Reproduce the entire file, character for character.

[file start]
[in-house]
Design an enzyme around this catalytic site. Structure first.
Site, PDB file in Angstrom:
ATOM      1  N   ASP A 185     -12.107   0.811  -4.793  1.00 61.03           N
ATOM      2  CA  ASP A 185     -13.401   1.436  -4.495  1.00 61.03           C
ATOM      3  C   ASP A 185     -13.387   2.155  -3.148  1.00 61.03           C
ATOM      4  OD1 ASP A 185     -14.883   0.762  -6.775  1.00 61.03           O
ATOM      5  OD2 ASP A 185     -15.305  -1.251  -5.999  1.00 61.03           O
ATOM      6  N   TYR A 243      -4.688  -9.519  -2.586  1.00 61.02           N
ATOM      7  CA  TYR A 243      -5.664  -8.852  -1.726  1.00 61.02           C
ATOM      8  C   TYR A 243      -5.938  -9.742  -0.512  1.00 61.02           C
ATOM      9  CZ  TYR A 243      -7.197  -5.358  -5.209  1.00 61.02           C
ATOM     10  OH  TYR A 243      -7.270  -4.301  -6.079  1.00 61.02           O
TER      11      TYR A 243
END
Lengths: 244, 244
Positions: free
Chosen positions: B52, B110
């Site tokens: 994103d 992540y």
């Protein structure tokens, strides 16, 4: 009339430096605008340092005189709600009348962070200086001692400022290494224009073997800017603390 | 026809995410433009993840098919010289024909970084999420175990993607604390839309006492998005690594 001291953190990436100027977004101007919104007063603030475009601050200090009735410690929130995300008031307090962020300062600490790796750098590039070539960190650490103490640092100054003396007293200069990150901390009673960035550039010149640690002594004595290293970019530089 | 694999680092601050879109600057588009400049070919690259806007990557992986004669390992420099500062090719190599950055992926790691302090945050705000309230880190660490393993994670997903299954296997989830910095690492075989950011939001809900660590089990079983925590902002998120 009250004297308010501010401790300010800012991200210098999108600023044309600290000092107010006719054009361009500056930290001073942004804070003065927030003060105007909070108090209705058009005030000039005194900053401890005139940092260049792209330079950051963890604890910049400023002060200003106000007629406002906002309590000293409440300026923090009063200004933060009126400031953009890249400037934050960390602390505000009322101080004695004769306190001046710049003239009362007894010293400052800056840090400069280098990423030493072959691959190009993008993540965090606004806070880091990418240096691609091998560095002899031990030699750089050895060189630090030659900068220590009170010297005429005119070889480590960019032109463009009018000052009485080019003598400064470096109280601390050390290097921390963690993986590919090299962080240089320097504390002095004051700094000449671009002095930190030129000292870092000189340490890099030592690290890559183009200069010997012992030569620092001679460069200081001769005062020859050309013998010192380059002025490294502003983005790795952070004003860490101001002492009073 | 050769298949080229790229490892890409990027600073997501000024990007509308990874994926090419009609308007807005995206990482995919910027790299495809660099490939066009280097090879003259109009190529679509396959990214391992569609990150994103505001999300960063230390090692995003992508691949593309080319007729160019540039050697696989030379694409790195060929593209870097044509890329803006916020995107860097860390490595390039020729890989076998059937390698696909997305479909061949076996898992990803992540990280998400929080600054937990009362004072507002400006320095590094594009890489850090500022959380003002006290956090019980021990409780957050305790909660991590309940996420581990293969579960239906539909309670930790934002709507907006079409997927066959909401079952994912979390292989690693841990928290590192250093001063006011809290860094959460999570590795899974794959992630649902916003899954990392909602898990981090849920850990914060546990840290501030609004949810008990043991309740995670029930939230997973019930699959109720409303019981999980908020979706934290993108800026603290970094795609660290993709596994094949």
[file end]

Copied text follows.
[in-house]
Design an enzyme around this catalytic site. Structure first.
Site, PDB file in Angstrom:
ATOM      1  N   ASP A 185     -12.107   0.811  -4.793  1.00 61.03           N
ATOM      2  CA  ASP A 185     -13.401   1.436  -4.495  1.00 61.03           C
ATOM      3  C   ASP A 185     -13.387   2.155  -3.148  1.00 61.03           C
ATOM      4  OD1 ASP A 185     -14.883   0.762  -6.775  1.00 61.03           O
ATOM      5  OD2 ASP A 185     -15.305  -1.251  -5.999  1.00 61.03           O
ATOM      6  N   TYR A 243      -4.688  -9.519  -2.586  1.00 61.02           N
ATOM      7  CA  TYR A 243      -5.664  -8.852  -1.726  1.00 61.02           C
ATOM      8  C   TYR A 243      -5.938  -9.742  -0.512  1.00 61.02           C
ATOM      9  CZ  TYR A 243      -7.197  -5.358  -5.209  1.00 61.02           C
ATOM     10  OH  TYR A 243      -7.270  -4.301  -6.079  1.00 61.02           O
TER      11      TYR A 243
END
Lengths: 244, 244
Positions: free
Chosen positions: B52, B110
């Site tokens: 994103d 992540y």
């Protein structure tokens, strides 16, 4: 009339430096605008340092005189709600009348962070200086001692400022290494224009073997800017603390 | 026809995410433009993840098919010289024909970084999420175990993607604390839309006492998005690594 001291953190990436100027977004101007919104007063603030475009601050200090009735410690929130995300008031307090962020300062600490790796750098590039070539960190650490103490640092100054003396007293200069990150901390009673960035550039010149640690002594004595290293970019530089 | 694999680092601050879109600057588009400049070919690259806007990557992986004669390992420099500062090719190599950055992926790691302090945050705000309230880190660490393993994670997903299954296997989830910095690492075989950011939001809900660590089990079983925590902002998120 009250004297308010501010401790300010800012991200210098999108600023044309600290000092107010006719054009361009500056930290001073942004804070003065927030003060105007909070108090209705058009005030000039005194900053401890005139940092260049792209330079950051963890604890910049400023002060200003106000007629406002906002309590000293409440300026923090009063200004933060009126400031953009890249400037934050960390602390505000009322101080004695004769306190001046710049003239009362007894010293400052800056840090400069280098990423030493072959691959190009993008993540965090606004806070880091990418240096691609091998560095002899031990030699750089050895060189630090030659900068220590009170010297005429005119070889480590960019032109463009009018000052009485080019003598400064470096109280601390050390290097921390963690993986590919090299962080240089320097504390002095004051700094000449671009002095930190030129000292870092000189340490890099030592690290890559183009200069010997012992030569620092001679460069200081001769005062020859050309013998010192380059002025490294502003983005790795952070004003860490101001002492009073 | 050769298949080229790229490892890409990027600073997501000024990007509308990874994926090419009609308007807005995206990482995919910027790299495809660099490939066009280097090879003259109009190529679509396959990214391992569609990150994103505001999300960063230390090692995003992508691949593309080319007729160019540039050697696989030379694409790195060929593209870097044509890329803006916020995107860097860390490595390039020729890989076998059937390698696909997305479909061949076996898992990803992540990280998400929080600054937990009362004072507002400006320095590094594009890489850090500022959380003002006290956090019980021990409780957050305790909660991590309940996420581990293969579960239906539909309670930790934002709507907006079409997927066959909401079952994912979390292989690693841990928290590192250093001063006011809290860094959460999570590795899974794959992630649902916003899954990392909602898990981090849920850990914060546990840290501030609004949810008990043991309740995670029930939230997973019930699959109720409303019981999980908020979706934290993108800026603290970094795609660290993709596994094949």